P. Carnegy, who was the officiating Commissioner of Faizabad and the Settlement Officer there for many years, wrote a book ‘Historical Sketch of Tahsil Fyzabad, Zillah Fyzabad’’ which was published in 1870 A.D. On page 21 of the book he writes:
“Hindu and Musalman differences – The Janmasthan is within a few hundred paces of the Hanuman Garhi. In 1855 when a great rupture took place between the Hindus and Mahomedans the former occupied the Hanuman Garhi in force, while the Musalmans took possession of the Janmasthana. The Mahomedans on that occasion actually charged up the steps of the Hanuman Garhi, but were driven back with considerable loss. The Hindus then followed up this success, and at the third attempt, took the Janmasthan, at the gate of which 75 Mahomedans are buried in the “Martyrs’ grave” (Ganj-Shahid). Several of the King’s Regiments were looking on all the time, but their orders were not to interfere. It is said that up to that time the Hindus and Mahemodans alike used to worship in the mosque-temple. Since British rule a railing has been put up to prevent disputes, within which in the mosque the Mahemodans pray, while outside the fence the Hindus have raised a platform on which they make their offerings.” (emphasis added).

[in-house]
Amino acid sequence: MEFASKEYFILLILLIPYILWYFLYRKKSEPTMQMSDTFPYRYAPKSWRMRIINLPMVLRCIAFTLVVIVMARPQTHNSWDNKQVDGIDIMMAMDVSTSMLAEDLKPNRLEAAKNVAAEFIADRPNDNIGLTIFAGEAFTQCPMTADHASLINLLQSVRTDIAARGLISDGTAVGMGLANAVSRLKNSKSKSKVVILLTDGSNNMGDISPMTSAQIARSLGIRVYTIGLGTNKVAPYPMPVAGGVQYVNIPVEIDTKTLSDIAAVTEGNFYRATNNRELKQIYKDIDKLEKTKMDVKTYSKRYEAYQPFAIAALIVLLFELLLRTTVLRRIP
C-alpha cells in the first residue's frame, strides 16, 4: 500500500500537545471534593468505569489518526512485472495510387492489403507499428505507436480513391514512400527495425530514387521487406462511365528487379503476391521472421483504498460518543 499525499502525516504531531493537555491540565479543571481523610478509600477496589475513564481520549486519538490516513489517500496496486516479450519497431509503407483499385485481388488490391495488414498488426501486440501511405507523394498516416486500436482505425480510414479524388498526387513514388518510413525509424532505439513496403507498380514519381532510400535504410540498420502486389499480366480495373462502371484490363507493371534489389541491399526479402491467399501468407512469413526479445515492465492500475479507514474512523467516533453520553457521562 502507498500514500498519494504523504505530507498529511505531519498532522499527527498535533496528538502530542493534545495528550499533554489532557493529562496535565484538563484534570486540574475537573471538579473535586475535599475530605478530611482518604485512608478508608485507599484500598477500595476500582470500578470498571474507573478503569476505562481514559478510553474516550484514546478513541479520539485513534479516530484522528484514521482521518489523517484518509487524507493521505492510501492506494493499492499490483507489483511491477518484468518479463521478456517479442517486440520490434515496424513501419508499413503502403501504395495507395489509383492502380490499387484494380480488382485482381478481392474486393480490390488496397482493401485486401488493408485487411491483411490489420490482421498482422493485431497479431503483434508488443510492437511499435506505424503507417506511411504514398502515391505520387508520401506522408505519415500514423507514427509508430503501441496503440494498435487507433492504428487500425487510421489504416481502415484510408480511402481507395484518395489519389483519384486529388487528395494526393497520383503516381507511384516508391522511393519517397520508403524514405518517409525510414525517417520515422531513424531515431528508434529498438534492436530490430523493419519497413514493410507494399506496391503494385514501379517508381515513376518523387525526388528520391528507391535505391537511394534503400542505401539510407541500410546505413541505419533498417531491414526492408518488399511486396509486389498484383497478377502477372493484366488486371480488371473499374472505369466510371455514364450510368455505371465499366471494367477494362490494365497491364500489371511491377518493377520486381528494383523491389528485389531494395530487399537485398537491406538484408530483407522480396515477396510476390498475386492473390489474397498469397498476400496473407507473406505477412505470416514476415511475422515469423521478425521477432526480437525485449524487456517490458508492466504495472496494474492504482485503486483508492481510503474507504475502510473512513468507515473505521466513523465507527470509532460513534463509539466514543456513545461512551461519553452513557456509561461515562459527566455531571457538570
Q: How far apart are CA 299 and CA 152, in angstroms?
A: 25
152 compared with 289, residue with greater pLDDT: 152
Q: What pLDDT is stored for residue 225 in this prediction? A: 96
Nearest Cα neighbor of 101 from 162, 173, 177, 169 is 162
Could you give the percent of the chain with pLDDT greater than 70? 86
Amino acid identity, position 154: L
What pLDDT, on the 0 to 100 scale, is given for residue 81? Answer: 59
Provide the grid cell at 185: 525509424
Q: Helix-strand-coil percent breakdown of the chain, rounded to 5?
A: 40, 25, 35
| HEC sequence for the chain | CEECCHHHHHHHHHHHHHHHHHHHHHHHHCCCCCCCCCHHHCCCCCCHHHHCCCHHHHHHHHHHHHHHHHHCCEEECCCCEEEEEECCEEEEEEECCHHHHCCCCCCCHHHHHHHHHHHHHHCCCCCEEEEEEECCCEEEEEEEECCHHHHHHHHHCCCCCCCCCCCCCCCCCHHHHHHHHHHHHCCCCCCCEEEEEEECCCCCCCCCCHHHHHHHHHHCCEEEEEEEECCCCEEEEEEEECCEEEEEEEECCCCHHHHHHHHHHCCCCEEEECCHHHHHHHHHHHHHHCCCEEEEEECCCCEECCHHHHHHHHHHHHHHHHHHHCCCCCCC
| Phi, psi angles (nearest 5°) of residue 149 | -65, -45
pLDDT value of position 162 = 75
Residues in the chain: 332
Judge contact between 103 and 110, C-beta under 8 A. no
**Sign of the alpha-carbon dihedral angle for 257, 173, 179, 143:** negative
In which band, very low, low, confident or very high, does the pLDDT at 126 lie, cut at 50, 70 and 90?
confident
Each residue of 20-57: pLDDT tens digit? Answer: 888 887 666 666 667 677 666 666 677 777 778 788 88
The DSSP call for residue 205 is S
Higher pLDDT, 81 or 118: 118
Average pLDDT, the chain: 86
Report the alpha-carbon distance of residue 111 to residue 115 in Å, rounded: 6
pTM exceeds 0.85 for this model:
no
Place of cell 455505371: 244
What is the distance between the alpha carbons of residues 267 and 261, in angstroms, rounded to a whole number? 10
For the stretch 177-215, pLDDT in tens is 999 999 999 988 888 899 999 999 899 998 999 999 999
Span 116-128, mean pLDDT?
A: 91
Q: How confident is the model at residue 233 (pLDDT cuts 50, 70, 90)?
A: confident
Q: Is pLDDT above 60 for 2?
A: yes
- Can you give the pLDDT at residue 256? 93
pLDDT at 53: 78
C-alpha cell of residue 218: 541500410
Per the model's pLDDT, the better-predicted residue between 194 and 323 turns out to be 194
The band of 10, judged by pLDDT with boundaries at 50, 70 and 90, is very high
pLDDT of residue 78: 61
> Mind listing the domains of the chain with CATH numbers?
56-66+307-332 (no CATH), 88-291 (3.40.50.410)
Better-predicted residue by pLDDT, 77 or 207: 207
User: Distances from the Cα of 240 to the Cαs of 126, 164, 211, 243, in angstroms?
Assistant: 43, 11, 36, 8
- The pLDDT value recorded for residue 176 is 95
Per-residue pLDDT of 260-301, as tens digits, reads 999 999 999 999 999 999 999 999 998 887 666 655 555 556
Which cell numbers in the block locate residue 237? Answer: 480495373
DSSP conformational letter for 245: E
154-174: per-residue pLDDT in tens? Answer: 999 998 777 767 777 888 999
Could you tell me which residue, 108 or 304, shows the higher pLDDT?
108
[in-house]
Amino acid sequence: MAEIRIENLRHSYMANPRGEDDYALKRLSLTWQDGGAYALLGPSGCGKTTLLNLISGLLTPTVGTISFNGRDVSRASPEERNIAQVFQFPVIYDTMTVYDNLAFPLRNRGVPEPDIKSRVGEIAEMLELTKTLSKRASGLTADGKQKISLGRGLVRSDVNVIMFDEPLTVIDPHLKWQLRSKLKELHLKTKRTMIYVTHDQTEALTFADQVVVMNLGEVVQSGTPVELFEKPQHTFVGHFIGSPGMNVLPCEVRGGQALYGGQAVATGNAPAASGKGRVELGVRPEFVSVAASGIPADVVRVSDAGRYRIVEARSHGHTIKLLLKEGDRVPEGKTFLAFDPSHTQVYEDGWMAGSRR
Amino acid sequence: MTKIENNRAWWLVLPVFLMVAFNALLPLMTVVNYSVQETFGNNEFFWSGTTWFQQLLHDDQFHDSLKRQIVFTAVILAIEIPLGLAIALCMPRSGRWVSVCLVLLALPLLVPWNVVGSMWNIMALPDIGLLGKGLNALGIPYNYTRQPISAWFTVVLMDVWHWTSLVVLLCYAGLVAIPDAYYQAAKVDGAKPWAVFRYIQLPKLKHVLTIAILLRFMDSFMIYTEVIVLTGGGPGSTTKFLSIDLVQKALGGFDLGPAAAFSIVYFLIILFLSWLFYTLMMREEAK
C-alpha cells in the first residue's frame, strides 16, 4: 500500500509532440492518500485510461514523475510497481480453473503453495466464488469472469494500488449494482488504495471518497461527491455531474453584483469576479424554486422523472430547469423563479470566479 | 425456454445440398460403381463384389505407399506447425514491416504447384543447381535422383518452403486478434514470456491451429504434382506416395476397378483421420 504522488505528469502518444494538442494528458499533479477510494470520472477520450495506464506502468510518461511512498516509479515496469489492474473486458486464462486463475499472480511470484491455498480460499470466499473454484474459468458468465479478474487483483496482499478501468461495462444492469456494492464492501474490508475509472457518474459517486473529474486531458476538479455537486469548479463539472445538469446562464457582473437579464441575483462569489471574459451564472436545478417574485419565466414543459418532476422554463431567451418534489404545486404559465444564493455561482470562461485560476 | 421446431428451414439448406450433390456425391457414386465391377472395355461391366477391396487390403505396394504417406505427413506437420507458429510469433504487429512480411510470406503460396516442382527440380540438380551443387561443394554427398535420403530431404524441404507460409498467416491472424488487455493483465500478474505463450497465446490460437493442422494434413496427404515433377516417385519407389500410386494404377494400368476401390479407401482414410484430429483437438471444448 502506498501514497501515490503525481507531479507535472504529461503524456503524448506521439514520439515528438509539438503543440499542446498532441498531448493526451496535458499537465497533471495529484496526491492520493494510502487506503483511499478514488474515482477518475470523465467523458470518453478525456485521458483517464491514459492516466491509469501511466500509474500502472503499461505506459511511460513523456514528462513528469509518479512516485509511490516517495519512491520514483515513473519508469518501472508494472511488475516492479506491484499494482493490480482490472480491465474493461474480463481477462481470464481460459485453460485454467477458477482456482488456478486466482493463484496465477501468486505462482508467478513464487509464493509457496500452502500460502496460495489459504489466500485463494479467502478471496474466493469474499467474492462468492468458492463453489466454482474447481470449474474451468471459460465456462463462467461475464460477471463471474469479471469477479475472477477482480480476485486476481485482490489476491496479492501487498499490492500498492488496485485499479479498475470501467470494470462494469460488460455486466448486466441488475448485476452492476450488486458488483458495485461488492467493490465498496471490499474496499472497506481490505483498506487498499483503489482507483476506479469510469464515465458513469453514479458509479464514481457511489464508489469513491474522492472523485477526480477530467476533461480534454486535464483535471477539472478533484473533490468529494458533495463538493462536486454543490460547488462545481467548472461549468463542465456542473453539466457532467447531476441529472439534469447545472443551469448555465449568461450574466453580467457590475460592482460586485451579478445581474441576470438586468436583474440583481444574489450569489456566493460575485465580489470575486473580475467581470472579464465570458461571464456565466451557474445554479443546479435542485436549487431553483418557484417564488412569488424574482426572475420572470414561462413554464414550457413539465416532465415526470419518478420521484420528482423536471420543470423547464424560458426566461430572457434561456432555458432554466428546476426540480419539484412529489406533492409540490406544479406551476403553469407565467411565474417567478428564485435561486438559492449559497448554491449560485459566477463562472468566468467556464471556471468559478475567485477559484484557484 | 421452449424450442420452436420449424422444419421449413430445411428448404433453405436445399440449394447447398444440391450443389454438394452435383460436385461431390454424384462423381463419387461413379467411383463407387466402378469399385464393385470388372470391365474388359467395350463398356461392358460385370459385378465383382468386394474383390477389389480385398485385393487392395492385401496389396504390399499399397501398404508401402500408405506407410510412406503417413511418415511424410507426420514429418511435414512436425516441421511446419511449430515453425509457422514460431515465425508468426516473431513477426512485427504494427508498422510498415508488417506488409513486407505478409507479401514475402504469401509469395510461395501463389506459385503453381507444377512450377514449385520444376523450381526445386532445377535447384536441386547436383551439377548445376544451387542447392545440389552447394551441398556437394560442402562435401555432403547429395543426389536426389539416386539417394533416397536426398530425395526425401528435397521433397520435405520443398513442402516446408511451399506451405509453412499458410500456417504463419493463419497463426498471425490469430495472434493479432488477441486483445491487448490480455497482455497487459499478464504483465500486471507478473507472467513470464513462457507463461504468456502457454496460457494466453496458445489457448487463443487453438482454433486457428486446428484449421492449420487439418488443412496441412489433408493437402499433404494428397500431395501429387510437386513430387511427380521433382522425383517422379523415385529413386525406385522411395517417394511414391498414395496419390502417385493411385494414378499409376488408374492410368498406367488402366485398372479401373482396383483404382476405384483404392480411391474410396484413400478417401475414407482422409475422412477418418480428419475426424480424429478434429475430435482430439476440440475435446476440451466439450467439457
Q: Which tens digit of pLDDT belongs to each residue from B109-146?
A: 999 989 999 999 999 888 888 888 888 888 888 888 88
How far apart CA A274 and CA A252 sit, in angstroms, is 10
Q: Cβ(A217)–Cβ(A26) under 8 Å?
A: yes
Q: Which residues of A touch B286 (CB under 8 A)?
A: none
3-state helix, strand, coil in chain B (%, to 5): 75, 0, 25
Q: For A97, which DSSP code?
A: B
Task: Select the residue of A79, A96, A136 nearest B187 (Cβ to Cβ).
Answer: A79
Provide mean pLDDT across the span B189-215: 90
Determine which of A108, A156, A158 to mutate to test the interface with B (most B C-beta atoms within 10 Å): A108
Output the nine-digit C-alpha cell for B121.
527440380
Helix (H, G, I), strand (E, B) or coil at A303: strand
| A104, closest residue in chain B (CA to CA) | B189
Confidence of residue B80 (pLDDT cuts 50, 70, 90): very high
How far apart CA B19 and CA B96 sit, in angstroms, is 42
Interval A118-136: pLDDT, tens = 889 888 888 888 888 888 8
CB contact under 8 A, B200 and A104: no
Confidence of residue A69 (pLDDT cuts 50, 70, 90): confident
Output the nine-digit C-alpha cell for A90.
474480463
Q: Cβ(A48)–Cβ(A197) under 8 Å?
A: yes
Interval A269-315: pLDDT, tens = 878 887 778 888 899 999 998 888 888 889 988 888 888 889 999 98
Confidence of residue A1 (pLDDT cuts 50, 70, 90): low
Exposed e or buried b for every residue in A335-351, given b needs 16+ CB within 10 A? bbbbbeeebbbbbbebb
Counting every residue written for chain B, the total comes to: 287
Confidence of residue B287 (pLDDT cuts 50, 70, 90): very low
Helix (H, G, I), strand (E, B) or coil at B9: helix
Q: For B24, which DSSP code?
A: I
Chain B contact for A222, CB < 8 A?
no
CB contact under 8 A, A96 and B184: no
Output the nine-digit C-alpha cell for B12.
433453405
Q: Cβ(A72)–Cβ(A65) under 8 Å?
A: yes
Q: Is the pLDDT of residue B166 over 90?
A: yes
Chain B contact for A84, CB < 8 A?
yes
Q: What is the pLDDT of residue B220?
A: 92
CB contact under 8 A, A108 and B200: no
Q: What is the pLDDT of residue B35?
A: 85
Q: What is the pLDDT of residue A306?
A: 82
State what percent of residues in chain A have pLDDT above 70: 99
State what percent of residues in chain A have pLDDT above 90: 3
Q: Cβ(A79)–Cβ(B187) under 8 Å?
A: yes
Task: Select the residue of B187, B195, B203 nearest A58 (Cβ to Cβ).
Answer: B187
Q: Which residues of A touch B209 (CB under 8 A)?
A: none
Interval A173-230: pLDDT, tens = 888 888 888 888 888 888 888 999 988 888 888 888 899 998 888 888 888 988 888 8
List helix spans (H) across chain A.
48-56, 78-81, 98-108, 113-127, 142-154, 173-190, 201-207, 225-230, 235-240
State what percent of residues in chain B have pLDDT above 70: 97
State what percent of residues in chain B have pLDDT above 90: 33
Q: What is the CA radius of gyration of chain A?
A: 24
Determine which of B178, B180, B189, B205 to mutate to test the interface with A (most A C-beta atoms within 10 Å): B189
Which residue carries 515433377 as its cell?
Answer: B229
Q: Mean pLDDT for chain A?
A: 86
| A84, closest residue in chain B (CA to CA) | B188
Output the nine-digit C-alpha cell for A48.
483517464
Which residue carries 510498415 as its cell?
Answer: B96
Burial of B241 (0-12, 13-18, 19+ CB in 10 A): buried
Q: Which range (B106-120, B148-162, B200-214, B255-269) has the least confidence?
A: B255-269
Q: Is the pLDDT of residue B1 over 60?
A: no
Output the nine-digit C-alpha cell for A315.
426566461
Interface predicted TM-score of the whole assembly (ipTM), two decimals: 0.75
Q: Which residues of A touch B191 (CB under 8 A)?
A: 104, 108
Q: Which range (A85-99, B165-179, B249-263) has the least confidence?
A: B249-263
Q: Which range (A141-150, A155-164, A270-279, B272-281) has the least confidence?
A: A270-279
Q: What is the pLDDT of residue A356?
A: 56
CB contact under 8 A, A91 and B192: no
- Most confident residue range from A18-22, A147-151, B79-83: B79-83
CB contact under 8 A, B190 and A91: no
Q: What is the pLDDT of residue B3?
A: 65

It was a great injustice to the Hindus by the Britishers because they deprived the Hindus of the worship in the mosque-temple structure.